NASHVILLE — Explosive population growth in Metro Nashville and surrounding counties with corresponding stagnation or losses in the western, northeast and several other sections of Tennessee will bring major changes to the boundaries of many congressional and state legislative districts next year.

As a result, a number of congressional and legislative districts will shrink while others expand in order to meet new population requirements.

Statewide, the U.S. Census' findings are 6.91 million people now live in the Volunteer State, an increase of just more than 564,000 people in a decade. But given higher growth elsewhere in the U.S., Tennessee will continue with its current lineup of nine congressional seats with no additional seats added.

While state lawmakers must approve a plan prior to the April 7, 2022, deadline, Tennessee county and municipal governments must move more quickly to get their commission, council and school district seats drawn and approved by Jan. 1, 2022.

Population growth in select areas, primarily Davidson and nearby "doughnut" counties, will result in needing to redraw new congressional lines to reflect that as well as in many if not all of the state's 99 state House districts and 33 Senate districts as a result of the massive growth in Middle Tennessee.

Among other things, that likely would result in reuniting Bradley County, which is now split between the state's 3rd Congressional District and 4th Congressional District as a result of the last once-a-decade reapportionment and redistricting process back in 2012.

A portion of Bradley County lies in Republican U.S. Rep. Scott DesJarlais' 4th District, which is estimated to exceed the ideal population of 767,871 by 8.2% or 62,976 people due to the district's inclusions of high-growth areas in Middle Tennessee, according to estimates of U.S. Census data by City University of New York.

That includes Rutherford County (Murfreesboro) near Nashville, which has seen huge growth, the second highest in Tennessee. Sherwood Republican DesJarlais is widely expected to have to jettison at least some of his Southeast Tennessee counties as his district leans more toward Nashville.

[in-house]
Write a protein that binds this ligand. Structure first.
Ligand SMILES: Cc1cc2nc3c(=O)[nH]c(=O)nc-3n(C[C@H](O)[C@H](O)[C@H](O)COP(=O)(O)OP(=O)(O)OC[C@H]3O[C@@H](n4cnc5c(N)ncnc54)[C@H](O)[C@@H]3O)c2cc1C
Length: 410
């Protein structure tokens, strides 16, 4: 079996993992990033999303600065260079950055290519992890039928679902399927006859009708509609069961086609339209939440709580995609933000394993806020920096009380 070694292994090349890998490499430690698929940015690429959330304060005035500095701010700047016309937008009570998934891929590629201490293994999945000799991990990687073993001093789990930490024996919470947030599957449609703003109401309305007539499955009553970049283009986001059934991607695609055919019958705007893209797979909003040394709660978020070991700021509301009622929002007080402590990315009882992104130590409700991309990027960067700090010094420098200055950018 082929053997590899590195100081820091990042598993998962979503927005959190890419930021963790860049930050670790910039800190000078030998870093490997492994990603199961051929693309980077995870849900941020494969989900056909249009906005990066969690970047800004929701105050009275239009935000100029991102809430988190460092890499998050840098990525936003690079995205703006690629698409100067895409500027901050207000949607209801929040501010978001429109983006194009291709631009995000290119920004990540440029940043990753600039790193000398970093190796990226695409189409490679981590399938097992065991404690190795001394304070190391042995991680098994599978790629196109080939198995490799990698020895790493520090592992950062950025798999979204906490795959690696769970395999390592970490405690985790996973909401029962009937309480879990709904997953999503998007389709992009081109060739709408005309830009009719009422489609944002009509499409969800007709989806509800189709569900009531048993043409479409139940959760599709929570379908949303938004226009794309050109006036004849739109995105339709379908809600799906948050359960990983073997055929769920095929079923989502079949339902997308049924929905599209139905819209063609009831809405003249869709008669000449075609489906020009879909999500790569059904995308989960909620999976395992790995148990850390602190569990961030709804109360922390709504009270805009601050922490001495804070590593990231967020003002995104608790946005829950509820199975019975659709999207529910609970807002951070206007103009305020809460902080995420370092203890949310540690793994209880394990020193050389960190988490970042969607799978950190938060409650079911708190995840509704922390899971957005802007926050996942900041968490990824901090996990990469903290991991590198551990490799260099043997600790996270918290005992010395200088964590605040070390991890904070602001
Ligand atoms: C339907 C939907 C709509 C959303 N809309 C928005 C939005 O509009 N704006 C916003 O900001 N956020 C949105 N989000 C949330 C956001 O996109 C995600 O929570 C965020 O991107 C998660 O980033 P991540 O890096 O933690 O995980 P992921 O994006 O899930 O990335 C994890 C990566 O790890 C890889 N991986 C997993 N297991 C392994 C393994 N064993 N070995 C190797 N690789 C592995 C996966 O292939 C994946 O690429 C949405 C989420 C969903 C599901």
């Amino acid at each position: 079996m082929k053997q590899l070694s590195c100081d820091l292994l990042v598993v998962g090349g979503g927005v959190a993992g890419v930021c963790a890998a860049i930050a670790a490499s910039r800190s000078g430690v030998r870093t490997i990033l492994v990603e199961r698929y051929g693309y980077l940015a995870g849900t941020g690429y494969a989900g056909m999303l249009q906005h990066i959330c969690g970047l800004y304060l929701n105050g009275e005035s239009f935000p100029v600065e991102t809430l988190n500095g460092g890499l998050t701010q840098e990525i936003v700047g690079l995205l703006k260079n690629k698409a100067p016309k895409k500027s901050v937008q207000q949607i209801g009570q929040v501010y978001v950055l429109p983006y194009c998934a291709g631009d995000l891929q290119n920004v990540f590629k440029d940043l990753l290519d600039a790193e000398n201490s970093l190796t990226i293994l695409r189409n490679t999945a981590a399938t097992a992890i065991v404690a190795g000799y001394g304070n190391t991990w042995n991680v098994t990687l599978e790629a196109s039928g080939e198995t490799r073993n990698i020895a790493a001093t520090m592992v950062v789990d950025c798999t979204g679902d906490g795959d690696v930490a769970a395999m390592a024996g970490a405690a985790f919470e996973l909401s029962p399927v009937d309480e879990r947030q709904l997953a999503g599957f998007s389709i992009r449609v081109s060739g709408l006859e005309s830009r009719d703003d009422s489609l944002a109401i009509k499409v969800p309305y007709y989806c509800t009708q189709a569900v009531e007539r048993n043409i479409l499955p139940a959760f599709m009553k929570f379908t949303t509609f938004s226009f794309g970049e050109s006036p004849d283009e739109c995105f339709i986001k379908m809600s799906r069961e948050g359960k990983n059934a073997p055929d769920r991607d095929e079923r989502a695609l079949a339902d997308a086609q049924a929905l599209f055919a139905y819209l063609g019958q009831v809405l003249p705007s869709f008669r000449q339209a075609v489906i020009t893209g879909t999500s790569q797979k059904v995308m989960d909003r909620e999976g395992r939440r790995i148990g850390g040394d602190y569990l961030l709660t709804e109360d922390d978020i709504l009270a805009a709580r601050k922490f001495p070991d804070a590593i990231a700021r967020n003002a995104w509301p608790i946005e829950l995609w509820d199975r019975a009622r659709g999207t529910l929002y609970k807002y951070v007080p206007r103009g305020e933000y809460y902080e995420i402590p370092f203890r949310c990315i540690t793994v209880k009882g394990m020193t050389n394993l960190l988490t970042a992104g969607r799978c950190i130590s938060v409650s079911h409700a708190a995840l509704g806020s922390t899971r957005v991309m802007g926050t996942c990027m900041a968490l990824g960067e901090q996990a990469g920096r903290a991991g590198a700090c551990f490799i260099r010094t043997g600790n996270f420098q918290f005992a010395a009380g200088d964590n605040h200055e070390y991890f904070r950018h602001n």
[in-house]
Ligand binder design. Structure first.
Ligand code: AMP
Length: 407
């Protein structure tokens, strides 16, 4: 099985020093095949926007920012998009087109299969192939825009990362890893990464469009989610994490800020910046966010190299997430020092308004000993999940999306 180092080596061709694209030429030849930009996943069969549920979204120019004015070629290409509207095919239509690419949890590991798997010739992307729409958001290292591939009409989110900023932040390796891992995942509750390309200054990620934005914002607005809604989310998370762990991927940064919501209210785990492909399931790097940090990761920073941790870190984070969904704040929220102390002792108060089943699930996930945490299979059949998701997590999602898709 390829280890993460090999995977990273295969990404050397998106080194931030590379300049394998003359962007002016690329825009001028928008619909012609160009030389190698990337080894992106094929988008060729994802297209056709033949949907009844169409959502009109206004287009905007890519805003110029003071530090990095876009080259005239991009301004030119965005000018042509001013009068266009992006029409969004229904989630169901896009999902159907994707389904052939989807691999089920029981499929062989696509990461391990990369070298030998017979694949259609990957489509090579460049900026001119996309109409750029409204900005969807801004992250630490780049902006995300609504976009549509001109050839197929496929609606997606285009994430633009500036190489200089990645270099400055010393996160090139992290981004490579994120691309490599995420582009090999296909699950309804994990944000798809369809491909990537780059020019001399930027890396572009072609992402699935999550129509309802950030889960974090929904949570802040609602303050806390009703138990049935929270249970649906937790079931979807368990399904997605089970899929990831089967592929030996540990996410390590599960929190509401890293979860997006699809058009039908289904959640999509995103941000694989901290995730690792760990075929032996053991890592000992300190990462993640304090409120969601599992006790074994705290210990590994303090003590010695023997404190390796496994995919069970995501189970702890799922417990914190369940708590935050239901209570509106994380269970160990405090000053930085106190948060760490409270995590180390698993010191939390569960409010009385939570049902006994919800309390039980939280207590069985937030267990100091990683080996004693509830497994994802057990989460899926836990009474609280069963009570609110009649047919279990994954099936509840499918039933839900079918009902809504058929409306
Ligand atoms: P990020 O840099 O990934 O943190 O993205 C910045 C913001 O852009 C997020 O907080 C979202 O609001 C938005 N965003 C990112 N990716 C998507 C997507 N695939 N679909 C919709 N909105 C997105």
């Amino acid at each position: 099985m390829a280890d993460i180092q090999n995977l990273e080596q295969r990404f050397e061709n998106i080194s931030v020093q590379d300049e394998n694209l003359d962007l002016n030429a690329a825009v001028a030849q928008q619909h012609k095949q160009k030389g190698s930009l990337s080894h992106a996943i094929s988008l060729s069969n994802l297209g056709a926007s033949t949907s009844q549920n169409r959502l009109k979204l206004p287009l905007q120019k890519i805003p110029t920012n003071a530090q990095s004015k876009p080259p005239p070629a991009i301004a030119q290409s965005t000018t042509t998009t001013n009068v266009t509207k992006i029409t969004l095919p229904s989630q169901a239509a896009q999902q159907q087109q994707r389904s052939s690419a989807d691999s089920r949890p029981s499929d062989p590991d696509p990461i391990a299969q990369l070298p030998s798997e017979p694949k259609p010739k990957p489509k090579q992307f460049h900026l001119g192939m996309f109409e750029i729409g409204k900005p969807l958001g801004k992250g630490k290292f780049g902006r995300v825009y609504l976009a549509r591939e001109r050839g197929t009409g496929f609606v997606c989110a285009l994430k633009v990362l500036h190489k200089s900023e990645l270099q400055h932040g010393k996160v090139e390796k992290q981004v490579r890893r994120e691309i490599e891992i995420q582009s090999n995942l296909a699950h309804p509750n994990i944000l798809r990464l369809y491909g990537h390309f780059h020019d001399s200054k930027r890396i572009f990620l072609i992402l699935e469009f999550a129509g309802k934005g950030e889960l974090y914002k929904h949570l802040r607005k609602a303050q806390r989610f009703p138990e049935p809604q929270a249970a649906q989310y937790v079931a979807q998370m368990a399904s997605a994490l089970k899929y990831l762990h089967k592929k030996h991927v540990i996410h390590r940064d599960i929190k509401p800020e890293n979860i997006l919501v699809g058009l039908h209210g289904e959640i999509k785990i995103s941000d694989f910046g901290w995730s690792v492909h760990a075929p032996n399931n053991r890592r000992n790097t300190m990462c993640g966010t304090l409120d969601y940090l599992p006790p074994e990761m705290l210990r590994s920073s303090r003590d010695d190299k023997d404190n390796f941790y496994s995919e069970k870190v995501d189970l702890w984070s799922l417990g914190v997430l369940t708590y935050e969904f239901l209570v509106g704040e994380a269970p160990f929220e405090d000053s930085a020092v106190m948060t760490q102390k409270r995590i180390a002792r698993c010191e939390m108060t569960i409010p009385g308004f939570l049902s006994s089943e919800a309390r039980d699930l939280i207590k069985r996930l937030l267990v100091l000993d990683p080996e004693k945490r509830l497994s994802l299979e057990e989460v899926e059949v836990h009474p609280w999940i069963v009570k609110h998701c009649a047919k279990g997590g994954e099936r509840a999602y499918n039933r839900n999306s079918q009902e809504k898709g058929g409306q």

If that happens, the 3rd Congressional District's U.S. Rep. Chuck Fleischmann, R-Ooltewah, who has the remaining portion of Bradley County, would be expected to pick up all of a reunited Bradley County and possibly several other counties immediately west of Chattanooga while giving up some counties along the Kentucky border.

The 3rd Congressional District is 29,345 people short, or 3.83% below the ideal U.S. House seat number, according to CUNY projections.

Hamilton County legislative seats: No gain but no pain

In terms of the Tennessee General Assembly, Hamilton County will continue to keep its two state senators and five representatives.

But Sen. Todd Gardenhire, R-Chattanooga, whose 10th Senatorial District already includes a portion of Bradley, is likely to get more of the reliable Republican county's voters because of population shifts toward Nashville.

The state's average for a Senate district is 209,419. Gardenhire's district population of 200,295 people is 9,124 less, or 4.4% short, according to estimates by City College of New York.

"I'm going to have to pick up some in Bradley," Gardenhire said. The lawmaker said Sen. Bo Watson, R-Hixson, who represents Senate District 11, will likely pick up some of his district. Watson's district is 1.4% below the average size of the Senate district. Efforts to reach Watson over the weekend were unsuccessful.

The multi-county Senate District 9, held by Sen. Mike Bell, R-Riceville, also would need to take in more people. It's below the state median by 11,653, or minus 5.6%, according to CUNY estimates. Bell also has a portion of Bradley County.